A stone gargoyle stands in front of the air-conditioning units near the benches we sit on.


I tell the woman who handed us the ashes that my mother is still in my closet. Our late cat is still in a tin near the television. My neighbor says her dog's ashes nearly fell off their resting place when her neighbors banged on the wall (her living dogs bark). She would have killed them if they knocked her Ginger's ashes on the floor.


The space of this meditation is flat.



Sunday, August 18, 2019

Grief time


"An altered state time, deserving of gentleness" (Ellen). My mother-in-law and I watch television: part of a documentary on Woodstock, some news, a bit of the pre-season football game at Aloha Stadium. I ask if she's interested in it, and she says nothing is of interest.


My daughter is sweeping broken glass from her new dorm room floor. We witness the green broom-handle on Facetime.


The New York Times book section tells me the personal essay is dead; the personal and the political have been wrenched too far apart. We are who we construct on the internet, the selves that we don't recognize when they're described to us. Wisdom is nothing that is surface, like a screen we know to be flat, except when moving pictures offer us false perspective. The car in an old film moves across the painting of a landscape and gets nowhere except closer to the end of a story.


The Stoics couldn't anticipate the end of introspection, or its quickening. Nor could they foretell social media's flattening of self into photograph and caption. Or the man insulted by the president for being fat, who says he loves the president, "the best thing ever to happen to our country." The proud boys in a Portland park initiate a new member by punching him with bare fists until he falls and then applaud their own good work. "Don't blame us for creating civilization," one chants.


Meaning decamps. Wisdom is some consolation, but we know it already. Death is still mystery, no matter how many books you read. My father-in-law's car trunk stinks of sunscreen; there's a box with some rope in it, a couple of dog leashes, two walking sticks. The last hike was taken, probably up the jagged side of Makapu`u where he'd recently seen a couple making love and dragged his barking dogs away.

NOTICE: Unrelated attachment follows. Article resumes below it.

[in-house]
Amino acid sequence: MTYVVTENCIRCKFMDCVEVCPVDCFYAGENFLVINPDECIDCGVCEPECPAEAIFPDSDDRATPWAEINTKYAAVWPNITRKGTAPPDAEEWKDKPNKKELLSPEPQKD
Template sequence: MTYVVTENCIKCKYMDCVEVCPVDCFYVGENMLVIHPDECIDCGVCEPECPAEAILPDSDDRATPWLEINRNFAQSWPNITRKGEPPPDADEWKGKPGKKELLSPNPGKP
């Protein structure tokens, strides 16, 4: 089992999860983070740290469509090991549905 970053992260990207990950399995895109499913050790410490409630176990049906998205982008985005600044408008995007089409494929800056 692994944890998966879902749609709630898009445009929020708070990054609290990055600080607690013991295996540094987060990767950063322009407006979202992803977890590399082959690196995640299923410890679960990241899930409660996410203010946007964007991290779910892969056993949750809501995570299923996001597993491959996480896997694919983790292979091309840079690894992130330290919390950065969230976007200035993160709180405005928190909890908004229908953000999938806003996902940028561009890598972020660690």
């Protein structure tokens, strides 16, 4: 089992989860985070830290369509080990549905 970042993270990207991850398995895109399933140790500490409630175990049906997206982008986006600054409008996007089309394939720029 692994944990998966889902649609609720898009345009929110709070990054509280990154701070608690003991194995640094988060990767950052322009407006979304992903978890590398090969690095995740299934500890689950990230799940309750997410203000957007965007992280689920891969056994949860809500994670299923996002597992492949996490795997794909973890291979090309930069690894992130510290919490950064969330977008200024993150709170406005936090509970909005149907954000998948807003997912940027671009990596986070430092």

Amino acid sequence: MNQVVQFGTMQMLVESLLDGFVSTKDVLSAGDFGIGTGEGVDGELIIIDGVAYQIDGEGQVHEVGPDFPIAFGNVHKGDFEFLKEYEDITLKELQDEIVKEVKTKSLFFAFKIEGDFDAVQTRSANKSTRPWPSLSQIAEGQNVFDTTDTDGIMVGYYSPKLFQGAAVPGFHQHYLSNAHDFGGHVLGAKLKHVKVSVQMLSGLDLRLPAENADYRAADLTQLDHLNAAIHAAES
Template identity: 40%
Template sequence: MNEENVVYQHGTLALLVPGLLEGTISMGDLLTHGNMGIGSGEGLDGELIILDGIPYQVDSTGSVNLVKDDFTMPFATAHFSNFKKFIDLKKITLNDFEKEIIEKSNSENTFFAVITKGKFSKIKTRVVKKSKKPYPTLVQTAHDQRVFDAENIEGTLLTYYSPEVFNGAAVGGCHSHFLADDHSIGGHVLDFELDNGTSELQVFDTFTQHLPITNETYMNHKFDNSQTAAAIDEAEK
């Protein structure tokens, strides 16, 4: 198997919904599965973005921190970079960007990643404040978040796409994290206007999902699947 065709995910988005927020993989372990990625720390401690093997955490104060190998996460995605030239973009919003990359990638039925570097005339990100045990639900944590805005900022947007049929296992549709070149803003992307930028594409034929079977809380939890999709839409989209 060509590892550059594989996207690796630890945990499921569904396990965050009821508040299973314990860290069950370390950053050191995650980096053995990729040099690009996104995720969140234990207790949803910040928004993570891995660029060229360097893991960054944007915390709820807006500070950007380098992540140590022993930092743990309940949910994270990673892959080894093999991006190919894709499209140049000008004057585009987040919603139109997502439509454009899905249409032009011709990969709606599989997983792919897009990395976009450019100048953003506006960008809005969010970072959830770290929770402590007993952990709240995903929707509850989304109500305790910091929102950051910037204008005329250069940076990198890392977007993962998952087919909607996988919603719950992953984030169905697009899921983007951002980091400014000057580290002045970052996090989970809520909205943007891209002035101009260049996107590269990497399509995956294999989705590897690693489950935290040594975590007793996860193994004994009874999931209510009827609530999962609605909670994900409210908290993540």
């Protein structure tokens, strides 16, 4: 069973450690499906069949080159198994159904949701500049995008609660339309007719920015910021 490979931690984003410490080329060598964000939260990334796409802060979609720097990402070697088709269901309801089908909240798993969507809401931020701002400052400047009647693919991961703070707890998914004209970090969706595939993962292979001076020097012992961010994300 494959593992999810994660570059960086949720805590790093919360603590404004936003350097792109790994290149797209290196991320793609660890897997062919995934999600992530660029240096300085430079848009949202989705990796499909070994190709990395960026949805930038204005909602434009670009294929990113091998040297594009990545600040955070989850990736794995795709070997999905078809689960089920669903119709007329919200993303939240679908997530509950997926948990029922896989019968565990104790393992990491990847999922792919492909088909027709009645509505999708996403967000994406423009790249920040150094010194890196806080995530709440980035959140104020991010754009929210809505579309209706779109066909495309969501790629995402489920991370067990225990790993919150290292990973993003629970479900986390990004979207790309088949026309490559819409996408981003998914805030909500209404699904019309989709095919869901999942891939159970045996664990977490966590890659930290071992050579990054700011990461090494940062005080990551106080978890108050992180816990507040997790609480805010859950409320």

He said he was dizzy in his wheelchair, even as we took him home. In the lobby, he weighed himself, found he hadn't lost weight despite the hospital food. His wife bought the new meds. Baby aspirin. He walked up the steps at home, both hands on the rails, refusing my arm. He walked up the steps and into the house and I turned to drive away.


My daughter has finished sweeping up the broken glass from the bulbs she hung on a string that fell in the night. She's alone in her new dorm. The soccer girls told her Ted Bundy had gone to their college for a semester. She says she's bored. B. advises her to get pen and paper and to draw something for the blank walls, beside her new and artificial plants.


Stephen Colbert says if we are grateful for this life, we suffer our losses. He tells this to Anderson Cooper, whose brother died by suicide. He says this the week Jeffrey Epstein killed himself, if indeed he killed himself, and no one suffered for anything but his having lived.


The thrush screams when I walk my dog. Roosters call from the gully behind our townhouse. Sirens stream down Kahekili on a Sunday morning. I read Seneca's Letters from a Stoic, awaiting the news of a dear friend's death.













Thursday, August 8, 2019

American Anger


The white man who hates millennials, thinks that Hillary "is the corrupt one" (while claiming not to like Trump), and who walks the small, fluffy one-eyed dog named Rosie, crossed the street before Lilith and I got to him. I was walking toward Hui Iwa Street and he turned to walk in parallel. And then the yelling began, not from the corner this time, but from at least 50 feet away. "That's a stop sign! JACKASS!" he yelled at a woman in a blue Smartcar, who had turned right onto Hui Kelu. I considered suggesting that yelling doesn't help, but thought better of it. When Lilith and I got back closer to home, the man with two fluffy white dogs, Mochi and Manju, told me he and his family were almost killed at that intersection by a speeding, swerving, Acura. "And I could tell you which woman always runs that stop sign," he added.

Border Walmart


The girl who runs looks before she crosses the road, but never makes eye contact. I run out of ideas the way I run out of my shoes, or Lilith out of her harness when she spots chickens. As I turned the corner to the dumpster, bag of her poop in my hand, a hen propelled herself toward us, orange-flecked wings out, screaming.